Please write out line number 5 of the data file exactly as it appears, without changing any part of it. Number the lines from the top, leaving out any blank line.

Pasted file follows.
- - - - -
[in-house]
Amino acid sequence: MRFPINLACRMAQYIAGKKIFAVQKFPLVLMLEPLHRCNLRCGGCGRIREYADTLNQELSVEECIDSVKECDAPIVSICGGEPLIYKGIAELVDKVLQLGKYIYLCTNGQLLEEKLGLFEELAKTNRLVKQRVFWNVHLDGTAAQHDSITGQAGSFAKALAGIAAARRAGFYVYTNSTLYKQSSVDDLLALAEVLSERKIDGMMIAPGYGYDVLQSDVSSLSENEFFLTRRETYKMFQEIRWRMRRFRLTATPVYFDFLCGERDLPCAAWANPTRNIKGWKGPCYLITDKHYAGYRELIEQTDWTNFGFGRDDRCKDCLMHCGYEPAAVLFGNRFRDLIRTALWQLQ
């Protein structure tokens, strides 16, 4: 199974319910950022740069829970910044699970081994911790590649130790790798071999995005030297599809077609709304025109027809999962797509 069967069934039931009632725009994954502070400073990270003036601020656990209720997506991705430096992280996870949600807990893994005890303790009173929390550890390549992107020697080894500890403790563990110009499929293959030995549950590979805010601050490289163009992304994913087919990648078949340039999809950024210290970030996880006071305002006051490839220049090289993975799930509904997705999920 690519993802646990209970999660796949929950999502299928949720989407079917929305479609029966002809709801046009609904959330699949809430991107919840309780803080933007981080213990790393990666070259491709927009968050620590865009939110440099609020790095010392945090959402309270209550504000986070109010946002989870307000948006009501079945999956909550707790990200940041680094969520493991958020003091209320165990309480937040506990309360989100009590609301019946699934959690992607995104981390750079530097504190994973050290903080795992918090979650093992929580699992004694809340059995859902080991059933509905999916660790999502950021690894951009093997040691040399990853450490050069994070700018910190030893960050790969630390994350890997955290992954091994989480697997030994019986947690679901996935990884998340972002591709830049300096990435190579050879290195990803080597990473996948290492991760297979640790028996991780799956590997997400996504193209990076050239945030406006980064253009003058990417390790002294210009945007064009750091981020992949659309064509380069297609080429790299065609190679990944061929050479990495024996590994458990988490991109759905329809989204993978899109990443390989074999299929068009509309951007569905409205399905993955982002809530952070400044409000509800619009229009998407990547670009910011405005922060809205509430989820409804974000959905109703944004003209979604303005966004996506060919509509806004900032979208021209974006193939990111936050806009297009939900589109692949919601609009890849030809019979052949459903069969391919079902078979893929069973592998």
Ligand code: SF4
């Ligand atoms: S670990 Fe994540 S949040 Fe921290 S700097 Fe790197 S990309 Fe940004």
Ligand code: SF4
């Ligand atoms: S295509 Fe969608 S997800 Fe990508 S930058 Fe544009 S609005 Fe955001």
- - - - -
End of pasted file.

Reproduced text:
């Ligand atoms: S670990 Fe994540 S949040 Fe921290 S700097 Fe790197 S990309 Fe940004």